China 'could hide cruise missiles inside shipping containers'

China ‘could hide cruise missiles inside shipping containers transported by its huge fleet of freighters and use them to carry out surprise attack’

  • China ‘likely’ developing container-based cruise missile launchers, analyst says 
  • System could be used to weaponise China’s huge fleet of  shipping vessels
  • Weapon containers could also be hidden in foreign ports for a surprise attack 
  • System has drawn renewed scrutiny amid arms race between US and China 

China has likely fitted cruise missiles inside shipping containers to be used for surprise attacks in the event of war, a military analyst has warned.

Rick Fisher, of the International Assessment and Strategy Center, believes Beijing could use the system to weaponise its huge fleet of commercial shipping vessels or else sneak the missiles into foreign ports before launching them remotely.

These attacks could be used to knock out coastal defences to prepare the way for an invasion or to sow chaos and confusion as a distraction tactic while China launches an attack elsewhere, Mr Fisher believes.  

China is thought to be working on a cruise missile launch system mounted inside a shipping container for use during surprise attacks (pictured, a similar Russian design concept)

The Chinese system is thought to be based on a Russian design concept called Club-K that was first shown off at a military design expo in 2016 (pictured)

Mr Fisher first sounded the alarm about the system in 2019, when he warned that China was likely developing it based on a similar concept produced by a Russia defence firm back in 2016.

A newly-published paper by the Stockton Center for International Law talks about a Chinese container system, saying: ‘Once perfected, it will provide China with a long-range precision strike capability that can engage both surface combatants and land-based targets.’

Speaking to The Sun following the publication of that paper, Mr Fisher said: ‘The Chinese Communist Party is fully capable of using containerized missiles to sow chaos when desired.’

Attacks would include ‘using larger container ships, thousands of fishing ships or stored containers in ports, to undertake military or terror mission strikes in a manner that can be denied if desired,’ he added.

The Russian system, dubbed Club-K, was designed as a launch pad for its Kaliber cruise missiles, with up to four of them fitted inside a container that also carries launch controls and targeting systems.

China’s own cruise missile – the YJ-18 – is based on the Russian Kaliber, leading some analysts to conclude that Beijing is working on a similar system. 

A Chinese defence company showed off a similar container concept at the China International Aviation & Aerospace Exhibition in Zhuhai in 2016.

Israel is known to possess container missile technology, after state-owned defence firm Israel Aerospace Industries successfully test-fired its LORA system from the deck of a container ship back in 2017.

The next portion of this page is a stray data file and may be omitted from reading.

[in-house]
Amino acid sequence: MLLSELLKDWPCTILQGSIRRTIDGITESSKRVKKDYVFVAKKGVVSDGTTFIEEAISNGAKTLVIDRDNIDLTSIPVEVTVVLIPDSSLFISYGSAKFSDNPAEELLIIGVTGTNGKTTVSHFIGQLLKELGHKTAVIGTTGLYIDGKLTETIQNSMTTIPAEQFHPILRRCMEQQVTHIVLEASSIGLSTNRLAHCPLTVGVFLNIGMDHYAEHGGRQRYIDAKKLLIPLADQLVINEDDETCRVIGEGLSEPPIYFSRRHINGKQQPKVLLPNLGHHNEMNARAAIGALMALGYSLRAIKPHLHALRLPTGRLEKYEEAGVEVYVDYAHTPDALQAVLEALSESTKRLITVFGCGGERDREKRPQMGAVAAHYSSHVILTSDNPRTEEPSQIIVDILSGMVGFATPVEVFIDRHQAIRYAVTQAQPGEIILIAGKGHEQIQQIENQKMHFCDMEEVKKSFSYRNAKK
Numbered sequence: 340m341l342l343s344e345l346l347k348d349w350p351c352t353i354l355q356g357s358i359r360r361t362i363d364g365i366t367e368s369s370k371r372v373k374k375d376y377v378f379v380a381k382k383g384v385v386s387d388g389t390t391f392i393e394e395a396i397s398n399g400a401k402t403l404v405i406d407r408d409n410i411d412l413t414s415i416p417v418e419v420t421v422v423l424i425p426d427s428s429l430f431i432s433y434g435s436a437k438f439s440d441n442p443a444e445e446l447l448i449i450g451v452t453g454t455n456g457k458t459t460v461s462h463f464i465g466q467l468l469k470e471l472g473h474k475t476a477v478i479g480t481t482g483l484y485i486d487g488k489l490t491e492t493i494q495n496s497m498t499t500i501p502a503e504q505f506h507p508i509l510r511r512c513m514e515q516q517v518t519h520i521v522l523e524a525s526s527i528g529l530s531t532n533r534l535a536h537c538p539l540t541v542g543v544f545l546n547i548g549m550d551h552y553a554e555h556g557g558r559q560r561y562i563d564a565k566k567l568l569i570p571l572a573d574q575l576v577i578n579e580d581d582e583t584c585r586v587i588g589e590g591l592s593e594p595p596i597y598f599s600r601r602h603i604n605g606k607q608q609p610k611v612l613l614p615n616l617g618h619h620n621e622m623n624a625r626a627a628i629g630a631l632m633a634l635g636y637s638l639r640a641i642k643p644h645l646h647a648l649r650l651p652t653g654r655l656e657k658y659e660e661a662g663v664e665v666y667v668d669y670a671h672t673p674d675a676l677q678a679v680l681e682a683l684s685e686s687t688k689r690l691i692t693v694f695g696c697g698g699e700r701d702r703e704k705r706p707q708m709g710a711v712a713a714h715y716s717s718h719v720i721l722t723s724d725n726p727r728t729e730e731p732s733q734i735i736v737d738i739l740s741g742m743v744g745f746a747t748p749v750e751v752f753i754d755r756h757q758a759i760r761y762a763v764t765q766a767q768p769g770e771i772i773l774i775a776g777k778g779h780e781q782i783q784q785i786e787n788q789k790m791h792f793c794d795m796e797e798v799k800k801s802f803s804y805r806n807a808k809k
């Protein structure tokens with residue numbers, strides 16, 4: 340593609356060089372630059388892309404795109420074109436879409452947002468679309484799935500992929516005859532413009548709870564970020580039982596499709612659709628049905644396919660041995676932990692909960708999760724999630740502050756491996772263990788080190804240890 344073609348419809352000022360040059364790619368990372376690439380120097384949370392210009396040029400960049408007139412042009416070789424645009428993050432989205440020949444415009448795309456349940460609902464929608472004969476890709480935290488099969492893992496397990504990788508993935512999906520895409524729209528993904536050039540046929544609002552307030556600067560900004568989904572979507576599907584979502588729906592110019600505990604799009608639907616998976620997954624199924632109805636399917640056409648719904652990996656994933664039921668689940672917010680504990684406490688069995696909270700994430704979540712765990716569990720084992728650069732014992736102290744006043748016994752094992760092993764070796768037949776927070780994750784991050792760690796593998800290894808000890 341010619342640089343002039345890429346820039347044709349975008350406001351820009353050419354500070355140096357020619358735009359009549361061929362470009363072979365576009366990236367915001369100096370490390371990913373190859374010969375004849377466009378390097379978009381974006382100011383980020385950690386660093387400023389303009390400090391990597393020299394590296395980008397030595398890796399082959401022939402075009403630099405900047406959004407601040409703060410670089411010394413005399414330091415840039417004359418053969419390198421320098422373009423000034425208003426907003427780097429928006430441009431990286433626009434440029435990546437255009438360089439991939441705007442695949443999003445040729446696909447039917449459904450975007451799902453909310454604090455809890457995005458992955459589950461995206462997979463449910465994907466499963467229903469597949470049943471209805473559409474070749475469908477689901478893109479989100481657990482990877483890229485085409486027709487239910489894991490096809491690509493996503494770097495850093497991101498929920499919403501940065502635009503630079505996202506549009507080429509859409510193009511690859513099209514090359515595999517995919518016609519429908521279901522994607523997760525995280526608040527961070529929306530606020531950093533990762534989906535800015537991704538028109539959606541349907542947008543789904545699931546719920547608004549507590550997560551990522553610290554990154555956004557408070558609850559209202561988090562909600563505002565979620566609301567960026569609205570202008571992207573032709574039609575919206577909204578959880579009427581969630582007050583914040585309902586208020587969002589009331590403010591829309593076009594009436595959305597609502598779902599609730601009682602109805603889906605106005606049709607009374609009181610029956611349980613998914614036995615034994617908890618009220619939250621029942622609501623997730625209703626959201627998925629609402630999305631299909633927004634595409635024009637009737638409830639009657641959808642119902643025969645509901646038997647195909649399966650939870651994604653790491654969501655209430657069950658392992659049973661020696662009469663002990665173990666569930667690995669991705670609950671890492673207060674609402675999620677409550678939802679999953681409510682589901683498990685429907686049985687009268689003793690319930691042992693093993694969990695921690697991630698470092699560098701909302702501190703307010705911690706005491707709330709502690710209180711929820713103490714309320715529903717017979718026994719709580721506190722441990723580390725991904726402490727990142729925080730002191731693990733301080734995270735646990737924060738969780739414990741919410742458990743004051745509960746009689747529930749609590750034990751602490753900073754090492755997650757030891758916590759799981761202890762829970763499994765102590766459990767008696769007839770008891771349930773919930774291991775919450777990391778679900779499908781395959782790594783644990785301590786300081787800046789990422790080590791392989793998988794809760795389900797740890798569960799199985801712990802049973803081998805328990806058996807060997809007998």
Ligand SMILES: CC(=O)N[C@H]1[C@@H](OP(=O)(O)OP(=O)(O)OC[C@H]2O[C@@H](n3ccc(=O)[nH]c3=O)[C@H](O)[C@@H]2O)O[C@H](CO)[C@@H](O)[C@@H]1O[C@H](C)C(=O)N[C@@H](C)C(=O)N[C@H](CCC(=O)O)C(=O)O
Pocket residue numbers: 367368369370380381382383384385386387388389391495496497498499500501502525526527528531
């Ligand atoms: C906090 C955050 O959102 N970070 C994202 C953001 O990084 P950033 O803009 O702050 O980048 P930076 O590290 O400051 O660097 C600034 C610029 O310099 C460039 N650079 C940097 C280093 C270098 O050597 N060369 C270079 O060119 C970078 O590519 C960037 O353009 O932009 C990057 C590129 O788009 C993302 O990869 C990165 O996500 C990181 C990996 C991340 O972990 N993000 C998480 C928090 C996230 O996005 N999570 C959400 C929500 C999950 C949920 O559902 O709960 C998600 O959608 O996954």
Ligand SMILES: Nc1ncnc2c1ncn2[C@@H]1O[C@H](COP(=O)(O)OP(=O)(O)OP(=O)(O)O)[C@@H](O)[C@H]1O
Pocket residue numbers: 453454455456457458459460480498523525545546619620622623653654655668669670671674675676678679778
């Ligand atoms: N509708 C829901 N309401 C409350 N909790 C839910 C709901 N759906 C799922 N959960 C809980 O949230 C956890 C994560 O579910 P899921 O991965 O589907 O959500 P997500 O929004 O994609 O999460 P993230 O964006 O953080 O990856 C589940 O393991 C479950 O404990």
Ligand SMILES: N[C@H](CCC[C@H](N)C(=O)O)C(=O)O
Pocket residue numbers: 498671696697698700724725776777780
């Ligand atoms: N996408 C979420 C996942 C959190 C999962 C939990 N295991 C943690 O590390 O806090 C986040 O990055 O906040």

And North Korea has also demonstrated a working container-launch system after firing two ballistic missiles from the back of a train earlier this year.

The container system has drawn new attention amid a global arms race taking place between the US, China and Russia amid fears the global superpowers could be headed towards conflict.

Tensions between Washington and Beijing centre around the island of Taiwan, which Xi Jinping has vowed to ‘reunify’ with the Chinese mainland – by force if necessary – and which Joe Biden has vowed to defend.

China has been menacing the island and its government with increasingly large military displays, including flying hundreds of aircraft and bombers near its airspace over the course of three days earlier this year.

Israel is known to possess shipping container launch systems after a state-owned defence company successfully tested it back in 2017 (pictured)

North Korea has also showed off a container-based launch system for its ballistic missiles, which were fired from the back of a train earlier this year 

Beijing has also been using its rapidly expanding navy to throw its weight around in the South China Sea – to the south of Taiwan – and the Sea of Japan – to the north.

In response, the US has forged new alliances with Japan, India, Australia and the UK – in the form of the Quad and AUKUS – aimed at providing a counter-balance to Chinese power in the region.

Beijing has reacted furiously to the pacts, denouncing what it calls a ‘Cold War-era’ mentality and ‘anti-China’ sentiment.

Meanwhile in the east, the US and Russia are squaring off over Ukraine – with Washington warning that Moscow appears to be preparing for an invasion.

Putin will be ready to attack the country within weeks using a force of 175,000 men, plus tanks and artillery, a US intelligence report at the weekend warned.

Biden and Putin are due to hold a telephone call today to try and de-fuse the situation, with the latter denying any invasion plans and instead demanding guarantees that Ukraine will not be allowed to join NATO.  

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